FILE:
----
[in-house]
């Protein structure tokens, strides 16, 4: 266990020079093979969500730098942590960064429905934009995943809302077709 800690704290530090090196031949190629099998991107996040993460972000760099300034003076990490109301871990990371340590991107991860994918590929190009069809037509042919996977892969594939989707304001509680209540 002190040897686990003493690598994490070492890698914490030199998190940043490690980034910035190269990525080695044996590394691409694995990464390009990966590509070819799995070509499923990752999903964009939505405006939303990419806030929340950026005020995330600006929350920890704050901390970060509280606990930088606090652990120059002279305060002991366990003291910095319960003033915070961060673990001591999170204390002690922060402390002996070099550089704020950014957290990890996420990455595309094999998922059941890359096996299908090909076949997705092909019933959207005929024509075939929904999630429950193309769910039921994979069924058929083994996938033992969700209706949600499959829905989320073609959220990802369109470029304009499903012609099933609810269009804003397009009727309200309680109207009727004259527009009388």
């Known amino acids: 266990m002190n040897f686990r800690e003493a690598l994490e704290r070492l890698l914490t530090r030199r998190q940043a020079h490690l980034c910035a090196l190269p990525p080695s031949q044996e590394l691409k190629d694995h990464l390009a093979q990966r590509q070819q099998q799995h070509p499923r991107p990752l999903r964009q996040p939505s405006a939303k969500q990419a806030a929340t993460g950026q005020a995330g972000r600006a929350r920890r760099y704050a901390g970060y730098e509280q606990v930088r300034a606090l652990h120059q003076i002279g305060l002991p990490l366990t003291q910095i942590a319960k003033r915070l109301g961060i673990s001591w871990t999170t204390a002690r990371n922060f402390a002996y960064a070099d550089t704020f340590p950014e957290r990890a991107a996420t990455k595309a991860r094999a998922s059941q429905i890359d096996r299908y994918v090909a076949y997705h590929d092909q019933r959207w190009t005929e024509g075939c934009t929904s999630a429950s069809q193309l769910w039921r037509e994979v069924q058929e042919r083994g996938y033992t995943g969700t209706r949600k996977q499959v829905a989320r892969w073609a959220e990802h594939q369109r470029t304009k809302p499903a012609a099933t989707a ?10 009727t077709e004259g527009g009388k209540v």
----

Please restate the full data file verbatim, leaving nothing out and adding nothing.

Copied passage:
[in-house]
């Protein structure tokens, strides 16, 4: 266990020079093979969500730098942590960064429905934009995943809302077709 800690704290530090090196031949190629099998991107996040993460972000760099300034003076990490109301871990990371340590991107991860994918590929190009069809037509042919996977892969594939989707304001509680209540 002190040897686990003493690598994490070492890698914490030199998190940043490690980034910035190269990525080695044996590394691409694995990464390009990966590509070819799995070509499923990752999903964009939505405006939303990419806030929340950026005020995330600006929350920890704050901390970060509280606990930088606090652990120059002279305060002991366990003291910095319960003033915070961060673990001591999170204390002690922060402390002996070099550089704020950014957290990890996420990455595309094999998922059941890359096996299908090909076949997705092909019933959207005929024509075939929904999630429950193309769910039921994979069924058929083994996938033992969700209706949600499959829905989320073609959220990802369109470029304009499903012609099933609810269009804003397009009727309200309680109207009727004259527009009388």
């Known amino acids: 266990m002190n040897f686990r800690e003493a690598l994490e704290r070492l890698l914490t530090r030199r998190q940043a020079h490690l980034c910035a090196l190269p990525p080695s031949q044996e590394l691409k190629d694995h990464l390009a093979q990966r590509q070819q099998q799995h070509p499923r991107p990752l999903r964009q996040p939505s405006a939303k969500q990419a806030a929340t993460g950026q005020a995330g972000r600006a929350r920890r760099y704050a901390g970060y730098e509280q606990v930088r300034a606090l652990h120059q003076i002279g305060l002991p990490l366990t003291q910095i942590a319960k003033r915070l109301g961060i673990s001591w871990t999170t204390a002690r990371n922060f402390a002996y960064a070099d550089t704020f340590p950014e957290r990890a991107a996420t990455k595309a991860r094999a998922s059941q429905i890359d096996r299908y994918v090909a076949y997705h590929d092909q019933r959207w190009t005929e024509g075939c934009t929904s999630a429950s069809q193309l769910w039921r037509e994979v069924q058929e042919r083994g996938y033992t995943g969700t209706r949600k996977q499959v829905a989320r892969w073609a959220e990802h594939q369109r470029t304009k809302p499903a012609a099933t989707a ?10 009727t077709e004259g527009g009388k209540v």